I started writing Autumn Leaves in November 2010, after the idea had been forming for a couple of months. At that time, I was engaged. I am now married here in my new home in Québec, Canada.
With one revelation, her world will shift forever.
“Rebecca has everything she ever dreamed of in life: a family, a beautiful home and good friends. When Callie moves into the house across the street, Rebecca is quick to welcome the young writer into the tightly-knit community of Autumn Leaves. She has no idea that Callie will confront her with a truth about herself she might not be ready to face.
All Callie wanted was to flee the big city and finish her latest book in peace, but life in the small town comes with unexpected temptation and danger.”
Meanwhile, Prop. 8 and DOMA have made it all the way to the Supreme Court, and earlier, marriage equality won at the ballot box in several states in the US. I have followed the discussion for some time now, and there are a few questions that leave me bewildered: Why are equal rights even still up for discussion? Why do people need to have a relative or friend come out to them for them to understand what’s at stake? Who are the people that have changed their minds in the past few years, and how can we open hearts and minds?
With Rebecca, one of the two main characters in Autumn Leaves, and the sequel Winter Storm, I have tried to come up with answers to at least some of those questions.
For most of her life, Rebecca has lived in a bubble. Things have turned out according to plan–she is married to a good guy, mother of two girls, surrounded by what seems to be an unbreakable, loyal circle of friends. She doesn’t want to hurt anybody, but she also wants to avoid conflict at any cost. At some point, she can’t reconcile both any longer.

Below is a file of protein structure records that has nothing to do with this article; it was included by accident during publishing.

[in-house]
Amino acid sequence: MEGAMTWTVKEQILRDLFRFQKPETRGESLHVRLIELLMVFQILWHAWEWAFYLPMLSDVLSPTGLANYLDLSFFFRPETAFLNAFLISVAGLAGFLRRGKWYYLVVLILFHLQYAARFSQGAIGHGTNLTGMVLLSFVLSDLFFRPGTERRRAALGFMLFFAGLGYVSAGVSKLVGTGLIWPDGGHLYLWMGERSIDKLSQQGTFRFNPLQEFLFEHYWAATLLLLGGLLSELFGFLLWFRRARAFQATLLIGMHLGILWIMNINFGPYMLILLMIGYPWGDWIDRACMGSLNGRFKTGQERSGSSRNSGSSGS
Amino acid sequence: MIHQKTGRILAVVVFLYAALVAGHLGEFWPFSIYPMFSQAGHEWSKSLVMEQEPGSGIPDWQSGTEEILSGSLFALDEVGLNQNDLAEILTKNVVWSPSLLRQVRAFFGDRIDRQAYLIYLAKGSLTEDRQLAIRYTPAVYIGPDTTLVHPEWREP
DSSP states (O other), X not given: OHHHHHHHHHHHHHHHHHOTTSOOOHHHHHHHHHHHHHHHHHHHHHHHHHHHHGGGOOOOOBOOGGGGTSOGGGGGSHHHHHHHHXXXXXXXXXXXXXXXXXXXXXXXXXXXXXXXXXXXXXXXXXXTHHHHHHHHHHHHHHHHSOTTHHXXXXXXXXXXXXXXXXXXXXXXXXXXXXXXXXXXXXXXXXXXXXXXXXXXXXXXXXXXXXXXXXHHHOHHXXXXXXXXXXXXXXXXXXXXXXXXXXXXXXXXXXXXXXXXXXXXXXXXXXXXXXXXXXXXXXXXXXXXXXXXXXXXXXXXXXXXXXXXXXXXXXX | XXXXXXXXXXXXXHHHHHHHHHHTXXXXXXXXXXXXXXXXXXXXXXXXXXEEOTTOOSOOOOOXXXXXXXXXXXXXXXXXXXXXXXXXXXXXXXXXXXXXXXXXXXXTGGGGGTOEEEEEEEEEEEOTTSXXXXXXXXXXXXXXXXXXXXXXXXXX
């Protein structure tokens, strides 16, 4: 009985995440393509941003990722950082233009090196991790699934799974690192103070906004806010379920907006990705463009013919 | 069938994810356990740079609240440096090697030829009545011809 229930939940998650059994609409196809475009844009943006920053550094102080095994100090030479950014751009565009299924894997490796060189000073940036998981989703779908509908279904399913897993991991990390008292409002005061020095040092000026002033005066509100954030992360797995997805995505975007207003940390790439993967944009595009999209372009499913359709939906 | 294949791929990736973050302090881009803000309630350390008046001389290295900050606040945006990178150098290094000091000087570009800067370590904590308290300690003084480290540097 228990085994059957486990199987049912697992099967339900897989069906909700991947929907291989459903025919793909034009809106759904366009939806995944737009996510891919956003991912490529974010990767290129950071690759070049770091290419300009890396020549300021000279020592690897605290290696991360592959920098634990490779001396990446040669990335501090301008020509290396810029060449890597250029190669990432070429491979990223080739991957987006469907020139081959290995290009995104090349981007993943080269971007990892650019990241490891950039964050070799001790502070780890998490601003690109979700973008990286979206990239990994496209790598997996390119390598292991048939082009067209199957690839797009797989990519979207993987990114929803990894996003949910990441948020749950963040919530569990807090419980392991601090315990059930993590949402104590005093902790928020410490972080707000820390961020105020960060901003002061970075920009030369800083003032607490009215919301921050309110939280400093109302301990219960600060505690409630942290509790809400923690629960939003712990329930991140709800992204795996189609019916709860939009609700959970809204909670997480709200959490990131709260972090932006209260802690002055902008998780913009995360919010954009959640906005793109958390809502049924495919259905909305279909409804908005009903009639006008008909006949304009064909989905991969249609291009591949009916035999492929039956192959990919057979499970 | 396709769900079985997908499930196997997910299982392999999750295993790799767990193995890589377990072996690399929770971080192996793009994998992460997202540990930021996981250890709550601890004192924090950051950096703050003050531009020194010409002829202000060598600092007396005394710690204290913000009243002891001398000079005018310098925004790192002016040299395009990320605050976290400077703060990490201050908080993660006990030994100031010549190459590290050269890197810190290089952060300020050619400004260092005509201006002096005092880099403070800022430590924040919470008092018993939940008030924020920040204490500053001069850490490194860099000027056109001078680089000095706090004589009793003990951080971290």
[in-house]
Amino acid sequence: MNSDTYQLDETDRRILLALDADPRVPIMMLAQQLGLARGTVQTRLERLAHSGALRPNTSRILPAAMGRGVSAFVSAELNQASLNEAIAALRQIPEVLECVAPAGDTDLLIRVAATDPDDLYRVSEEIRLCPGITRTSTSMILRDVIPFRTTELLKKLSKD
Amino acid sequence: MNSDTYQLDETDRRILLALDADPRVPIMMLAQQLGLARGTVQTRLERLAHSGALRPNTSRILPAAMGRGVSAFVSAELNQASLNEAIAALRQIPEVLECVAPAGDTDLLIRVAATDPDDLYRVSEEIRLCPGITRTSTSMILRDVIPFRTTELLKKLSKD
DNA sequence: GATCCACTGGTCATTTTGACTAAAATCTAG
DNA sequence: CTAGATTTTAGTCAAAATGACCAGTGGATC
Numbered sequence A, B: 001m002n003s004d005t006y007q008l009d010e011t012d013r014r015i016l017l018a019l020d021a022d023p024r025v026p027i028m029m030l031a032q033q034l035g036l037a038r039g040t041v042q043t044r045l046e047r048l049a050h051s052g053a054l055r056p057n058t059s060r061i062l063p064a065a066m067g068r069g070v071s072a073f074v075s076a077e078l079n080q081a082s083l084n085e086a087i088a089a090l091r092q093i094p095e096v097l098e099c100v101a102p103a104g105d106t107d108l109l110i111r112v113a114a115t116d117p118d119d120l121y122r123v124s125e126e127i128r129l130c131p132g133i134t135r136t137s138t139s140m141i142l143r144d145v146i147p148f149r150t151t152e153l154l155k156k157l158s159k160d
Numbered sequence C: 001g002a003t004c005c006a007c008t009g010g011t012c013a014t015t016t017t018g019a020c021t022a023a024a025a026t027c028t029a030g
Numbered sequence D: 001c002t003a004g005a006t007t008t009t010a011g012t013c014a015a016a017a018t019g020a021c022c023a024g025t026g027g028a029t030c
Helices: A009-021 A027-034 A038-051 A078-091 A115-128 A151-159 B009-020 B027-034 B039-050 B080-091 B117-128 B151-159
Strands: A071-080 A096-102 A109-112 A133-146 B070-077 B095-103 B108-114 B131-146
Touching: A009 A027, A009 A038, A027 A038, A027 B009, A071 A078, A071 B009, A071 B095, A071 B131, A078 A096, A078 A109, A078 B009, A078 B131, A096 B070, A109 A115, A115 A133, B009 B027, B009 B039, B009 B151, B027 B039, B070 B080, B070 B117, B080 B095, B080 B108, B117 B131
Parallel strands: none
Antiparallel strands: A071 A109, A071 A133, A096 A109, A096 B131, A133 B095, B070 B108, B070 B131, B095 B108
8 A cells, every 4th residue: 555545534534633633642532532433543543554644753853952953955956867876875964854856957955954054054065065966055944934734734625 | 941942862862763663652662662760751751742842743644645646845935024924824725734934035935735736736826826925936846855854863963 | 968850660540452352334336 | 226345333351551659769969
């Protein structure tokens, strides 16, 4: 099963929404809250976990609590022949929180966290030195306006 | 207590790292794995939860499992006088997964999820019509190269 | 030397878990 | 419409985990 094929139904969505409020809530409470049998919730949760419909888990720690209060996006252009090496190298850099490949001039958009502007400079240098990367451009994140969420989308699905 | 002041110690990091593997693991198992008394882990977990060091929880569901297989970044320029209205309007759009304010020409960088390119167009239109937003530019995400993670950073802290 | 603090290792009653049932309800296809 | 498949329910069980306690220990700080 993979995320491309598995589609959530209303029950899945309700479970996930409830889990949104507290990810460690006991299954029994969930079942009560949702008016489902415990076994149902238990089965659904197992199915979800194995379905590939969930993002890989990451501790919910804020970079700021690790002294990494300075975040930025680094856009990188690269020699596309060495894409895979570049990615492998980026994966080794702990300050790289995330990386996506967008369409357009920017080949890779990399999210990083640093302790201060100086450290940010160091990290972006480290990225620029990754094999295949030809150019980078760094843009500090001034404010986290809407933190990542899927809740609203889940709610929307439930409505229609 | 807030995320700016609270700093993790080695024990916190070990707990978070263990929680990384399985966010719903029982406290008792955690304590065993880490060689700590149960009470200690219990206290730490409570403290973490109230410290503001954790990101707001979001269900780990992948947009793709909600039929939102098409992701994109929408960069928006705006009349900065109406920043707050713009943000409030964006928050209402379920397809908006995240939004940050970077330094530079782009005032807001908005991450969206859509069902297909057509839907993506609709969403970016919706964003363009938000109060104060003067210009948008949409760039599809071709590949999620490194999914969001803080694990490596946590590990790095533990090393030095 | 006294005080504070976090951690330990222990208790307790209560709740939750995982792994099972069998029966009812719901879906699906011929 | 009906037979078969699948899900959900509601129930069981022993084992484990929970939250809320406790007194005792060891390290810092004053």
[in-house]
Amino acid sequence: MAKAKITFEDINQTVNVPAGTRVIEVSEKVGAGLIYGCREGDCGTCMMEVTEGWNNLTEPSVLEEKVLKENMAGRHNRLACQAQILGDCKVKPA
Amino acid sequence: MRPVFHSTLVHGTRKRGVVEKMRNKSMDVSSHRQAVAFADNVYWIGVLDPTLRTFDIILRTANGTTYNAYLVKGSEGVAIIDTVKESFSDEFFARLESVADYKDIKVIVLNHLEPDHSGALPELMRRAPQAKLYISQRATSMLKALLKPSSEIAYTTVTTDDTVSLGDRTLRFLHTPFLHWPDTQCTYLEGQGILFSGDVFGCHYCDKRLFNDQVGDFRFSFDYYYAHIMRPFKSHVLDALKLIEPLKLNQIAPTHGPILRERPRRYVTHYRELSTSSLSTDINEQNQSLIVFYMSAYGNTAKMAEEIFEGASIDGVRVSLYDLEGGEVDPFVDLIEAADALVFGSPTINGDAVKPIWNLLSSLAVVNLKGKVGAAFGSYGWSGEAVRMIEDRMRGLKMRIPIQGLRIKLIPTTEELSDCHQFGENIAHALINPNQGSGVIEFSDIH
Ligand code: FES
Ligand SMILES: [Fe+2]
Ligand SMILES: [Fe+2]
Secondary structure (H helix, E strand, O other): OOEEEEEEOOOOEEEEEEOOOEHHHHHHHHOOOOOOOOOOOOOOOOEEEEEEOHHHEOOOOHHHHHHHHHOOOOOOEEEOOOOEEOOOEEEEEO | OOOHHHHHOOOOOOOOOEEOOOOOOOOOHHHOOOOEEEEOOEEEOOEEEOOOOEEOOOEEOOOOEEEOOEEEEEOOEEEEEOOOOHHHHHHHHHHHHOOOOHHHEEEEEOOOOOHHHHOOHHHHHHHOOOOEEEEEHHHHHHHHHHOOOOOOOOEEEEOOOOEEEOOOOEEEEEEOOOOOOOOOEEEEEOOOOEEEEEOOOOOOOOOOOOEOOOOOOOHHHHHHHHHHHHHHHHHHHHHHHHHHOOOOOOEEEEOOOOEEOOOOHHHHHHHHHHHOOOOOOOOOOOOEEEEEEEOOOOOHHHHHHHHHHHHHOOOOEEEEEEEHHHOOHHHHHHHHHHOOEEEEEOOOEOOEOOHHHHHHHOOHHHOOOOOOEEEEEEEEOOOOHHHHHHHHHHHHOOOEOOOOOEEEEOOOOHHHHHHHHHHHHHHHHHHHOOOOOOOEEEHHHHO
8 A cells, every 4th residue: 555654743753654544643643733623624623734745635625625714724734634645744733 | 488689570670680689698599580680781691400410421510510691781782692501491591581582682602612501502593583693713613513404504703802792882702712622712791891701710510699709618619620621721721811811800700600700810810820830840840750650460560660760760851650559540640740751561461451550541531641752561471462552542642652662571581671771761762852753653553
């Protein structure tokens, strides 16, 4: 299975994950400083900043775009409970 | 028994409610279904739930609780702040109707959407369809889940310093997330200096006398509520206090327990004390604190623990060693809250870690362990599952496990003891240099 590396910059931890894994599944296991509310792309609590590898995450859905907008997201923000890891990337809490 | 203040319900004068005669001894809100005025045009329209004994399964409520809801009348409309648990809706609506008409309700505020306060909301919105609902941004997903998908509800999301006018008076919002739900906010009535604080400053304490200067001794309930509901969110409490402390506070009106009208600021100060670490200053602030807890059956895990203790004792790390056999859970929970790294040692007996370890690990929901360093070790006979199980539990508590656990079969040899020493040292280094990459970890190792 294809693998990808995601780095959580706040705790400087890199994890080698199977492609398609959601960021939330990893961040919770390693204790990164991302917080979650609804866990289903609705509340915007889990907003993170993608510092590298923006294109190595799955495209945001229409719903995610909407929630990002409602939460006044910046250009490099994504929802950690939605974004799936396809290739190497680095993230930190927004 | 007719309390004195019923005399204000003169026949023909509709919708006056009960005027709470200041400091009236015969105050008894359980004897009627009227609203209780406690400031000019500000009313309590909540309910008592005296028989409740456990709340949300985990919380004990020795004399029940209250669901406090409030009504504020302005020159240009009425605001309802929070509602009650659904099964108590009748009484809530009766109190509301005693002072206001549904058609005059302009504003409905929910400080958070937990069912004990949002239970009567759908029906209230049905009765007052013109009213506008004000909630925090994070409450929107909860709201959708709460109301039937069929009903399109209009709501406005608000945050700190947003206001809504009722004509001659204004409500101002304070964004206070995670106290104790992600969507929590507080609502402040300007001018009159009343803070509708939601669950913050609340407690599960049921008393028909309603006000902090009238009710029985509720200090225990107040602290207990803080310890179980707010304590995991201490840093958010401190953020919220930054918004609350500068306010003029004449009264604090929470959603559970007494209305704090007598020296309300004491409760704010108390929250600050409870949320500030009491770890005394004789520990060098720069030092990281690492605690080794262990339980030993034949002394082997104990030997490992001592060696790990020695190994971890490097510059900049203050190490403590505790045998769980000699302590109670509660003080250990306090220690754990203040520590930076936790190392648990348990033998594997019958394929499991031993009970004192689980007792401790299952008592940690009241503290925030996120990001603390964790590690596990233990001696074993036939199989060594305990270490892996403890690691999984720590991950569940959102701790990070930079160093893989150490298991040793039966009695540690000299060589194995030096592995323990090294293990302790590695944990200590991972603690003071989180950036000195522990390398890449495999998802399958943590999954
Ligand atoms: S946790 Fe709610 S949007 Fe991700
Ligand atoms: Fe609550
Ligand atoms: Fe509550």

There are cracks in the perfect façade even before Callie comes to town, but their friendship forces Rebecca to take a look at her own preconceived notions even before deeper affection comes into play. She learns that her friends’ opinions and beliefs are various shades of grey, not nearly as unified as she’d thought them to be. She also learns that you can harm people with the best of intentions, or silence, and that your own evolution doesn’t magically make everyone around you evolve too.
Rebecca, at the beginning of the story, is the least self-aware main character I’ve ever created. We haven’t always seen eye to eye. I find it frustrating in real life when people need to be personally affected before they can move forward, but that’s the way change often works.
Of course, not everyone will, like Rebecca, fall in love along with the life lessons–this is for the sake of drama and fiction.
However, fiction does have an impact. I have heard it from readers who are new to LGBT fiction–not because they think it’s terrible, but because they weren’t much aware of it or wouldn’t know where to look. It can start a conversation we wouldn’t have otherwise and enables us to learn about one another.
Another related theme in this series is faith, and I’m well aware that it can be a very touchy subject. Rebecca holds on to her spirituality through all trials and doubts. However, she is unprepared for people who will use it as a mantle for prejudice.
Evolution is the main theme as reflected in the change of the season–how it can happen as long as someone keeps an open mind and heart, and how doing away with long-held myths leads to conversation and, eventually, clarity.
In this particular story, it also leads to love.
For the giveaway, I’ll give a commenter an e-copy (pdf or epub) of Autumn Leaves, the first book in my series.
Barbara Winkes grew up in a small town in Germany where she spent most of her (writing) life. A trained psychologist and trauma counselor, she has worked in rehabilitation with elderly people. Life took an unexpected turn when she fell in love and got married to a French-Canadian language teacher, and moved across the Atlantic. While the immigration was in progress, the opportunity to write full time arose which led to a publishing contract less than a year later.
Barbara thinks that there aren’t enough lesbian love stories with a happy ending, so she decided to contribute some.
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